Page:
I have always been fascinated with Islam, this richly colorful and grossly misunderstood religion and culture that has formed a large part of our history and identity as a nation.
Growing up, I often found myself wondering about the veiled women that I would see on TV and in the streets, and our yayas’ and neighbors’ derogatory remarks about “the Muslims”, wondering what was so bad about this group of people that they (and “the Bombays”) were often used to scare us into obedience. When I would see images of mosques and Islamic architecture on TV and in the encyclopedias that kept me company as a child (yes, kids—we had those at home), I would stare at them in awe, thinking about the kind of work that went into them and the architectural genius that it took to create such intricate details. Shifting my attention between Islam and Buddhism, I would ask my mom why kids couldn’t choose their religions and had even asked, ever so innocently, if it were possible to choose my own religion once I was grown up. (In fairness to my mother’s open-mindedness, she didn’t panic when I asked that question and even said “yes” in response.)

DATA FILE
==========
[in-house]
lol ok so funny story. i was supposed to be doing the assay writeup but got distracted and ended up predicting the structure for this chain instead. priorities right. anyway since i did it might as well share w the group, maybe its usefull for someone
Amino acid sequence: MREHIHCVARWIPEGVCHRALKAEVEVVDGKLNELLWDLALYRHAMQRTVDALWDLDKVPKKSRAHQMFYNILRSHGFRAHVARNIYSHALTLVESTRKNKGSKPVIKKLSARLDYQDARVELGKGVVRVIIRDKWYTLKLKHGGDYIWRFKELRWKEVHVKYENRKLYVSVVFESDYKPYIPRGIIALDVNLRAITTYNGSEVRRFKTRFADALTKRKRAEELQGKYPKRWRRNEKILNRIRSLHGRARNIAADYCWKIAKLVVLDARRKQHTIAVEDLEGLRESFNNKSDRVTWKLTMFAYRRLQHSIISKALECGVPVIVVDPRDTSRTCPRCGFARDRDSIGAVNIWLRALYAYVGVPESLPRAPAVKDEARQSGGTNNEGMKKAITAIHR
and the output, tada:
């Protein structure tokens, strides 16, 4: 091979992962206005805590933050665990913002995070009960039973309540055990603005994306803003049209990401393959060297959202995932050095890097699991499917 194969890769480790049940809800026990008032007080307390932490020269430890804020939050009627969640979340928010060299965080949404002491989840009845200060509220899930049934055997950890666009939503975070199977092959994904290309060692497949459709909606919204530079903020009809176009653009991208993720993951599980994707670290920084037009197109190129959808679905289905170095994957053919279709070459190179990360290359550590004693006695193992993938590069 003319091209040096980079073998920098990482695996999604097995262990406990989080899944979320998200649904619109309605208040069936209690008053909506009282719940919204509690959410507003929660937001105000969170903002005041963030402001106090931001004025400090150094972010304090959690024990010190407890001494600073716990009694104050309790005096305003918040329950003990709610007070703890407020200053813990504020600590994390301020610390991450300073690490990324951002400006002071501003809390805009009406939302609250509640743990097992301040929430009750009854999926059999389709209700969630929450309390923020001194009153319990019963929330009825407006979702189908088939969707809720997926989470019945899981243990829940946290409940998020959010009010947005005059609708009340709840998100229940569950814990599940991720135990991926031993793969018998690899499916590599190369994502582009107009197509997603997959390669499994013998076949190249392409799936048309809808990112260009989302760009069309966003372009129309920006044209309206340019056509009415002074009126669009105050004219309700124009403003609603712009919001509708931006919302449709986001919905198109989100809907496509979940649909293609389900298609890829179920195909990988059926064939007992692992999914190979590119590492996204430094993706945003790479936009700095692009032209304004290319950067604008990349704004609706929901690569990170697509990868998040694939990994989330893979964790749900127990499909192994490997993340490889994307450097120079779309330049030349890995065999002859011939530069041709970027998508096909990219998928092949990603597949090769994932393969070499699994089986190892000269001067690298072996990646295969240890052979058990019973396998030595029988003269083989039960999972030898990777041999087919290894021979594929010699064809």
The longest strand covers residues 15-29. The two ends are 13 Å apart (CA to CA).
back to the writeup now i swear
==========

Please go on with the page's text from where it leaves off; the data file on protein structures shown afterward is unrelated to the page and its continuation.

I didn’t end up converting to Islam, but the fascination continued on to adulthood. In university, where I had minored in Hispanic Studies, I often found myself daydreaming about Granada, Andalusia, and the Alhambra, telling myself that I would someday visit these enchanting places. To this day, I am enamored of the rhythm and the seemingly rich textures of the Arabic language, enjoying Persian and Arabic music as much as I enjoyflamenco (which was also rooted in the Moorish and gypsy cultures), and wanting, in all earnestness, to learn more about this culture that we in urban Philippines (and many parts of the Westernized world) know so little about.
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